__ Le Rougeot, Vin de France (table wine) 2014, with a rooster on the label. Made with old Gamay Teinturier (90) from Irancy and young Pinot Noir from Tonnerre. Gamay Teinturier is a strain of gamay used in the past (a century ago) to bring darker color in Burgundy wines [this was before the conventional wineries discovered in the late 20th century the "modern" techniques of heating the juice for color extraction or the other additives that can add color]. Can't be labelled under an AOC because of the gamay-teinturier part [in spite of the fact this color varietal has a long record in the region]. Makes 11,5 % in alcohol. Neat wine, with a light sugary edge. Sells for 12 €, he made 2 barrels of this.
I had also the rare chance to have my glass filled by Eric Pfifferling who was taking part to the event with his wife Marie. Eric had brought only two cuvées, the rest being certainly already alloted to buyers in France and abroad.ggg
_ L'Anglore, Sels d'Argent, Vin de France (table wine) 2014. Grenache Blanc, Eric says that this is a cuvée which didn't finish its sugar so they had it get a much longer élevage. It was blended last november 2015 and bottled february 2016. Freshness and nice substance in the mouth. Sells for 15 € retail.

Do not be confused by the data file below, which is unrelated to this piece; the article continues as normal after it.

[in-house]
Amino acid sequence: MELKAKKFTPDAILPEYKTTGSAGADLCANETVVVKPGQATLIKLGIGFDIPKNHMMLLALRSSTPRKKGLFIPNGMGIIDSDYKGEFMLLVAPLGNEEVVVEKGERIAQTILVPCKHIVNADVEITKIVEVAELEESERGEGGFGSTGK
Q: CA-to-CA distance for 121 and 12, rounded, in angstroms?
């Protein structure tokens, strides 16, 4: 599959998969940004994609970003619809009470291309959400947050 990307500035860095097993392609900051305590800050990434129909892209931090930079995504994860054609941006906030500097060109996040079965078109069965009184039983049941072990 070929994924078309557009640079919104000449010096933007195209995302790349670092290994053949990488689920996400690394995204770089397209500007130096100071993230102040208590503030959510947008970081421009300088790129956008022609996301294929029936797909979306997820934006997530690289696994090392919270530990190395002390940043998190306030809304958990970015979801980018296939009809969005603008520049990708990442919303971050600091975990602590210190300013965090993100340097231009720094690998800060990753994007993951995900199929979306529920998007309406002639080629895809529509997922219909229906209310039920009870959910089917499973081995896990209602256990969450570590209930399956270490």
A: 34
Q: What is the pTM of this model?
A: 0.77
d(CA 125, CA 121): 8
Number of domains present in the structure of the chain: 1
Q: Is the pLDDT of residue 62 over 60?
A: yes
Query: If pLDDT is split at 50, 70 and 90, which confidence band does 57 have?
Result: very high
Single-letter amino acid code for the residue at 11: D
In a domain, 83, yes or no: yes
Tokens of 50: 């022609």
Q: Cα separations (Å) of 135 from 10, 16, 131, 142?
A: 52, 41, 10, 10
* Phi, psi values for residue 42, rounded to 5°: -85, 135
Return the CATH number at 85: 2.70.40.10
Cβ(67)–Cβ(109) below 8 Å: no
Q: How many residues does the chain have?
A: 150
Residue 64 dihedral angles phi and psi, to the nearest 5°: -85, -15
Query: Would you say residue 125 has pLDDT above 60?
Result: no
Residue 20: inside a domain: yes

__ Terre d'Ombre, Grenache Rouge 2015, the first to be bottled from this vintage (bottled april 29). Eric says he often uses several casks of this Grenache to make the Primeur wine at autumn, but last november, given the terrorist attacks in Paris they didn't come to Paris for the usual primeur day. The wine is very clear, tastes very ripe with flower and spicy aromas, the latter being rare but 2015 is special. Eric says it has a very good phenolic maturity without having a big substance. The wine is very surprising in the mouth with something like an acidulous candy, you must try that. 12 € retail.